Literary reviews by Tim Love.
Warning: Rather than reviews, these are often notes in preparation for reviews that were never finished, or pleas for help with understanding pieces. See Litref Reviews - a rationale for details.

Wednesday, 7 February 2018

"Inside the wave" by Helen Dunmore (Bloodaxe, 2017)

A posthumus collection, with poems from Acumen, London Magazine, the Poetry Review, etc. I like the title poem. "Shutting the gate" is a prose moment. "The Halt" is beyond me. I dislike "Hold out your arms". I like "Nightfall in the IKEA Kitchen" but not "At the Spit" or "Terra Incognita". "Girl in the Blue Pool" is attractive. Not "Ten books". In other words, patchy.

There are foreboding phrases -

  • In the ward's beautiful contentment/ Freed by opiates./ Hooked to oxygen/ We live for the moment (p.20)
  • I hear your breath, now failing/ As all the breaths of your life become/ Petals endlessly opening/ Inward, where the dark is (p.50)
  • My people are the dying,/ I am of their company/ And they are mine, We wake in the wan hour/ Between three and four, Listen to the rain (p.64). I used this idea, and I've seen others use it.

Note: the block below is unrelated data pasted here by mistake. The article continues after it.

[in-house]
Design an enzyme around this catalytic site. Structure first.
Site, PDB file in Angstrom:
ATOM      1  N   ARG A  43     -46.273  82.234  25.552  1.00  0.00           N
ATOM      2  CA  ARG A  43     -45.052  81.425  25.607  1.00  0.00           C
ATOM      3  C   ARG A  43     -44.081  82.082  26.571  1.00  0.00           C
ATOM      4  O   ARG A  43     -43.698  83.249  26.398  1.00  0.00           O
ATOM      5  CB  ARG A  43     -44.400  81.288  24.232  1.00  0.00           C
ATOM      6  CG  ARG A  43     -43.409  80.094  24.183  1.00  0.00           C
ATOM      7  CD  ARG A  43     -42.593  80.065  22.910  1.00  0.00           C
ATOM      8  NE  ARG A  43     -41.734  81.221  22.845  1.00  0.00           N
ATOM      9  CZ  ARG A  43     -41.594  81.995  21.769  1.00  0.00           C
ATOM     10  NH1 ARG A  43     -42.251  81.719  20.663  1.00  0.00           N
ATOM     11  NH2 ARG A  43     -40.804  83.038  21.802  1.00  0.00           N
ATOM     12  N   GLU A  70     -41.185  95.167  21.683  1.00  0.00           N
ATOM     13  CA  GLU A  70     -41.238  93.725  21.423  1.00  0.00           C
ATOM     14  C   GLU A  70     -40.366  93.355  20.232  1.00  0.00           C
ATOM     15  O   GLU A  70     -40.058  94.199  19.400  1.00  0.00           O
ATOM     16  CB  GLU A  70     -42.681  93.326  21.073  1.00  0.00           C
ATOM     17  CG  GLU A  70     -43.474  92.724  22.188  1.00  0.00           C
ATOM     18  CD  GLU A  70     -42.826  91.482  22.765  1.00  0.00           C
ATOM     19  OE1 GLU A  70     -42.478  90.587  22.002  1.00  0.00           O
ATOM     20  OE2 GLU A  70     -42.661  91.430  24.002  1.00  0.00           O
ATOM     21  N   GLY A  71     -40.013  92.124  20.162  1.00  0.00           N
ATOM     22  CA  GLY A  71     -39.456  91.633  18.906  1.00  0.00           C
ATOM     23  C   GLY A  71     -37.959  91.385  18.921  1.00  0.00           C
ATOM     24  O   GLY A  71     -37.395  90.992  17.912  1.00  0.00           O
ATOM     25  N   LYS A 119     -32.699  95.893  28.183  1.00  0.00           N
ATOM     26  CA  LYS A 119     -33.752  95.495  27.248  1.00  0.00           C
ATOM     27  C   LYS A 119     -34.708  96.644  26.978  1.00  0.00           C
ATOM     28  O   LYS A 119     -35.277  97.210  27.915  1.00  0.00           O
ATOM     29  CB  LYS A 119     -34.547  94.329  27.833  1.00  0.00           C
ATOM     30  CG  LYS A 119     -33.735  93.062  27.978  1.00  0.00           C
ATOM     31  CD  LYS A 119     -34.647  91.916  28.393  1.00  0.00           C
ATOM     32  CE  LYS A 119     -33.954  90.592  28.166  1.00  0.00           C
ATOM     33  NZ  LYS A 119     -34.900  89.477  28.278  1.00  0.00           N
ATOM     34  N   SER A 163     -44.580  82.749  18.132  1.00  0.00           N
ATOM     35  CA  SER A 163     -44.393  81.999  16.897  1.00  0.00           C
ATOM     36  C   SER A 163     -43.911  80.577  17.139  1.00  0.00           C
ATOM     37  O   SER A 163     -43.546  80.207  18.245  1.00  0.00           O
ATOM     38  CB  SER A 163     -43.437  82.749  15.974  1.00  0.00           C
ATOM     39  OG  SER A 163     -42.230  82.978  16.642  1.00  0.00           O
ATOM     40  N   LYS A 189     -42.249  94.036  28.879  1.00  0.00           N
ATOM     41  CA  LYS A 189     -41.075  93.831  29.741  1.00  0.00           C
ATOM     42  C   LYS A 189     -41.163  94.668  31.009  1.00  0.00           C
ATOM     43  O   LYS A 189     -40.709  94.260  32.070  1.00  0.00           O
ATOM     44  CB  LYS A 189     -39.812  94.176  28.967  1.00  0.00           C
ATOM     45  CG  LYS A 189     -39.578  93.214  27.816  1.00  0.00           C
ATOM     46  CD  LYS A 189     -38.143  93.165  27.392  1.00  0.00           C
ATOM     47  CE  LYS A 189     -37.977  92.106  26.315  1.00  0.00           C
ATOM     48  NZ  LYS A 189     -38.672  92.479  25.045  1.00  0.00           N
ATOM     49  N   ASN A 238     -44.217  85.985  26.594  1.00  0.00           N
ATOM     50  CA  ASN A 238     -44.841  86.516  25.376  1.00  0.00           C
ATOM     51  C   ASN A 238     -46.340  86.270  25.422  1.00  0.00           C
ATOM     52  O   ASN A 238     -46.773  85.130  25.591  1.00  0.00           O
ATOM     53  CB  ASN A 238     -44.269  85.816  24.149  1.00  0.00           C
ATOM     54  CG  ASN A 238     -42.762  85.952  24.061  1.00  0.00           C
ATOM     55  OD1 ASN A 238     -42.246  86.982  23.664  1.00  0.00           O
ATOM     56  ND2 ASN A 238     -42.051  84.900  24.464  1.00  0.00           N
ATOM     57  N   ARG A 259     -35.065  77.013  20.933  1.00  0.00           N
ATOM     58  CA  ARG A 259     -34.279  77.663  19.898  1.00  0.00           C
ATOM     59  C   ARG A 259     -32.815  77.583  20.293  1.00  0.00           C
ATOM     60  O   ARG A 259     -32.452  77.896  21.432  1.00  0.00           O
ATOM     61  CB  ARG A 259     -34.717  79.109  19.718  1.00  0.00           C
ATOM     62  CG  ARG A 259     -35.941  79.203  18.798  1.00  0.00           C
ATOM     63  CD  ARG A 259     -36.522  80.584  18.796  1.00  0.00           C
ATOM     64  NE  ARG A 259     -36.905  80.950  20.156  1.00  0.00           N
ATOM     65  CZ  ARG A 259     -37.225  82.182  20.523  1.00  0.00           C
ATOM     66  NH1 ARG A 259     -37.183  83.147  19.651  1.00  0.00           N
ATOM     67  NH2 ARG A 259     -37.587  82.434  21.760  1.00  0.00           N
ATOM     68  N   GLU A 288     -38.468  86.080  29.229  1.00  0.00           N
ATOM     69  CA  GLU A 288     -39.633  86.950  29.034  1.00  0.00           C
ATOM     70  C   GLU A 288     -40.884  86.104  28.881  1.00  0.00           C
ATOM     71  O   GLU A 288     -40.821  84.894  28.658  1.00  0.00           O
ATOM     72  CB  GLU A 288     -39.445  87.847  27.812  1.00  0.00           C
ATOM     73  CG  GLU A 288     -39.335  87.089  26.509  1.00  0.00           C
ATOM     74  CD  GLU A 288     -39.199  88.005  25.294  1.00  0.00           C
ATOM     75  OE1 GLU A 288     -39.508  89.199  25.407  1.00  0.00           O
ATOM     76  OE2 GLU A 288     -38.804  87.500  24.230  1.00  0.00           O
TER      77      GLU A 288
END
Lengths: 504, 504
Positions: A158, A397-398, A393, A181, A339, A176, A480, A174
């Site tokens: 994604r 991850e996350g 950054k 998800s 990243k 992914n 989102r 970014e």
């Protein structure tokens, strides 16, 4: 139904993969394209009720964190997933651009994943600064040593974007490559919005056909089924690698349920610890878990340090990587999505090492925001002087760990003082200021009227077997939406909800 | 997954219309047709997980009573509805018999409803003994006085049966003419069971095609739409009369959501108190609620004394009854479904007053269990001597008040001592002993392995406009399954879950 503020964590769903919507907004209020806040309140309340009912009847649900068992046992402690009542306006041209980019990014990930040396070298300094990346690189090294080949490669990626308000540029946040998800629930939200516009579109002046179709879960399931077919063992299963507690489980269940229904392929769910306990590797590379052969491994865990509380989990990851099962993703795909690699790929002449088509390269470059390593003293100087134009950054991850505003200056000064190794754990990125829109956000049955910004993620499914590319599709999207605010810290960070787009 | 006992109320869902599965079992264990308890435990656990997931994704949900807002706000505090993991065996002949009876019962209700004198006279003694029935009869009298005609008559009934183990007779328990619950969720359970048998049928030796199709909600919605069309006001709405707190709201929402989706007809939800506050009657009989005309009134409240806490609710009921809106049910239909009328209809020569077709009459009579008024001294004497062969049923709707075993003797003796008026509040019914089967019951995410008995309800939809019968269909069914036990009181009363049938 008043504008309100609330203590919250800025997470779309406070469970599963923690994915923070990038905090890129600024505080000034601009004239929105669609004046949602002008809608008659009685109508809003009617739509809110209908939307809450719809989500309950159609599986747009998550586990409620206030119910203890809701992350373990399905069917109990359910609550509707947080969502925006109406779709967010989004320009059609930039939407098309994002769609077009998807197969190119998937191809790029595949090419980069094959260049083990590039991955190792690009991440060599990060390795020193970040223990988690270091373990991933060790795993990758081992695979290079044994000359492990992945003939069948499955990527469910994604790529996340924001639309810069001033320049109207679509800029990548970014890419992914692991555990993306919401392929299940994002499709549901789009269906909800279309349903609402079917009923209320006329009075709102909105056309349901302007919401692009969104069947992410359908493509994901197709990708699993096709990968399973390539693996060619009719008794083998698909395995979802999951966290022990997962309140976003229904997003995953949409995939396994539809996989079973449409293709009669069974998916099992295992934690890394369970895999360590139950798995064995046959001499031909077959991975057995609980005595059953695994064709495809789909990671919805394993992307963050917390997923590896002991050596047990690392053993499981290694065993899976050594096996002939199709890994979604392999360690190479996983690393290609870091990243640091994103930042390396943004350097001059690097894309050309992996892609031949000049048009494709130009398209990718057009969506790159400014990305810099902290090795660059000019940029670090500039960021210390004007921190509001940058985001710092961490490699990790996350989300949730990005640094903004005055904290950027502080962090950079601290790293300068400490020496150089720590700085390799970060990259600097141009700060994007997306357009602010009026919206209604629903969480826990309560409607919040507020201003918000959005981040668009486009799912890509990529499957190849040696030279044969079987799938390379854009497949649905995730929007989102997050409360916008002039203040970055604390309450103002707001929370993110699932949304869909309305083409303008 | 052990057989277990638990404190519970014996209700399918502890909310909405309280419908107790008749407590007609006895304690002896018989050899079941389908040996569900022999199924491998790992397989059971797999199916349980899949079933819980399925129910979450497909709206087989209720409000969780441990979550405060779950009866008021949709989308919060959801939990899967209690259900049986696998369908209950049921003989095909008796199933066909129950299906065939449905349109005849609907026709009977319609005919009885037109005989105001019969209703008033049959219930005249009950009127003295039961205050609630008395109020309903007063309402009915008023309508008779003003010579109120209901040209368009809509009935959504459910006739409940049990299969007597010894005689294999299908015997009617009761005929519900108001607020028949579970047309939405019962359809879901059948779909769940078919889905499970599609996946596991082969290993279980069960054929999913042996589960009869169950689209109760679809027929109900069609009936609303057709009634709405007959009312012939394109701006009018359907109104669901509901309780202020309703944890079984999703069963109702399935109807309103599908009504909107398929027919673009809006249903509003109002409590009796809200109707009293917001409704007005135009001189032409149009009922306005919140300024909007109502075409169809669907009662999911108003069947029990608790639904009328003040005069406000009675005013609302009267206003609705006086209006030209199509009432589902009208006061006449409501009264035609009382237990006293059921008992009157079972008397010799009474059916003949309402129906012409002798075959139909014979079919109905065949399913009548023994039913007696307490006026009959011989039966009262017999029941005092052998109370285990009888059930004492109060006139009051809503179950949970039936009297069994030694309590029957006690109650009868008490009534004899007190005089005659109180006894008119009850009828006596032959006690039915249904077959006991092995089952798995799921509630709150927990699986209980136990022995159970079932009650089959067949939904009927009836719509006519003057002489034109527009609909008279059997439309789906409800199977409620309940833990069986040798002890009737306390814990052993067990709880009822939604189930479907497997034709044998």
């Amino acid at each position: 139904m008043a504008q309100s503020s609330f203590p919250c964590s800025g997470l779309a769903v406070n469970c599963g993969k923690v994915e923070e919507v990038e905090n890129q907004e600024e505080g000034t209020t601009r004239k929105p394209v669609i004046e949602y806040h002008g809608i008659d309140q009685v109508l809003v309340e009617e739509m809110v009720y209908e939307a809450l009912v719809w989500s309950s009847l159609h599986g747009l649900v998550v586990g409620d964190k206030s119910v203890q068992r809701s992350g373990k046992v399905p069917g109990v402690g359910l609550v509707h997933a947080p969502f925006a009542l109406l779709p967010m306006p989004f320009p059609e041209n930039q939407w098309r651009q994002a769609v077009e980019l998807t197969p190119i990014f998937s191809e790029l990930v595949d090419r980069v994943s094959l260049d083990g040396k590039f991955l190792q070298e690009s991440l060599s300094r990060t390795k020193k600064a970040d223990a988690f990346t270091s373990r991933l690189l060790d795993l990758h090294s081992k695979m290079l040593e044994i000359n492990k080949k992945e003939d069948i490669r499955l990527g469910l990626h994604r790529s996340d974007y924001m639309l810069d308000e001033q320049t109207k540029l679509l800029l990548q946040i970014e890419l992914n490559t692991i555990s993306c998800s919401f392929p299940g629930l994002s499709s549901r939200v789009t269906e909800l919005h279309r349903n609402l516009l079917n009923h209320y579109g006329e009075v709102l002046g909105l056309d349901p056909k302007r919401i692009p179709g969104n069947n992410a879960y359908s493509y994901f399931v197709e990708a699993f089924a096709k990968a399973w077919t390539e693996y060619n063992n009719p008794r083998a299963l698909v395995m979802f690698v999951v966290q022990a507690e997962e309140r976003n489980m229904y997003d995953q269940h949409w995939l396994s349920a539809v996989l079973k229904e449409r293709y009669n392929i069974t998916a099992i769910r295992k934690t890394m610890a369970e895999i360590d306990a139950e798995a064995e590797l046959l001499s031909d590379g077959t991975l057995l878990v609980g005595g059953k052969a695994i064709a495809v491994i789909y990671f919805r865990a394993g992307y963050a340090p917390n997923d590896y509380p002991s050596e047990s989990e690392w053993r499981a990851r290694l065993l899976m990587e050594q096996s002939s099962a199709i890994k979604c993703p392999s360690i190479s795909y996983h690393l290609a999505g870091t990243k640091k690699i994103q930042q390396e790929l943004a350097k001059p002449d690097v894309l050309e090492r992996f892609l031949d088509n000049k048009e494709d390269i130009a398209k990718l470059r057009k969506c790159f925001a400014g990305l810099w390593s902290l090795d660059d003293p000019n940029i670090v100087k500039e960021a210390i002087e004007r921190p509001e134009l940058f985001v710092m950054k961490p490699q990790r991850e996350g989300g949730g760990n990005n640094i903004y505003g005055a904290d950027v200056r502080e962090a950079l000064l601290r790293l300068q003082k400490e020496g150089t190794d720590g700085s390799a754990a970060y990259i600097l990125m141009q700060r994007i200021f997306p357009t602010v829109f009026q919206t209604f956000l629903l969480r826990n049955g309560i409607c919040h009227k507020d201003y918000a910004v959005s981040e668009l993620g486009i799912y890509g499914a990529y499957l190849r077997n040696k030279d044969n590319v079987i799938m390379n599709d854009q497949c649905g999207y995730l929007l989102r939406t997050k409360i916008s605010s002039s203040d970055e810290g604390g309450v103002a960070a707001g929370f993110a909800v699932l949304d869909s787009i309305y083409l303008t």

• I am on the deep deep water/ Lightly held by one ankle/ Out of my depth, waiting (p.65)

Perhaps it's unfair to expect too much originality when writing about such a common topic.

She's best with water imagery - "I know your/ Confusion of ripples against the lakeshore/ Welcoming laughter/ The sounds of home/ Ringing like masts in harbour" (p.56). As others below have commented, she fragments the past, makes us look at its details by saying "here" or "now". When (as in her prize-winning "The Malarkey" or here, on p.41) the technique's combined with a mother's love and fears, she's at her best.

Other reviews

  • Sean O'Brien (She remarked in the early 90s that she was trying “to do without scaffolding” in her poetry ... Equally fascinating is the way she seamlessly represents various ways in which time is experienced – as present, as memory, as what relentlessly happens when nothing much else appears to be happening – by the repetition of the word “now”, and by a slightly flattened tone and eerily simple sentence construction.)
  • Carol Rumens (Dunmore draws on memory a good deal, often contrasting her verb tenses to disturb chronology and produce broad, dreamlike effects)
  • Katharine Towers

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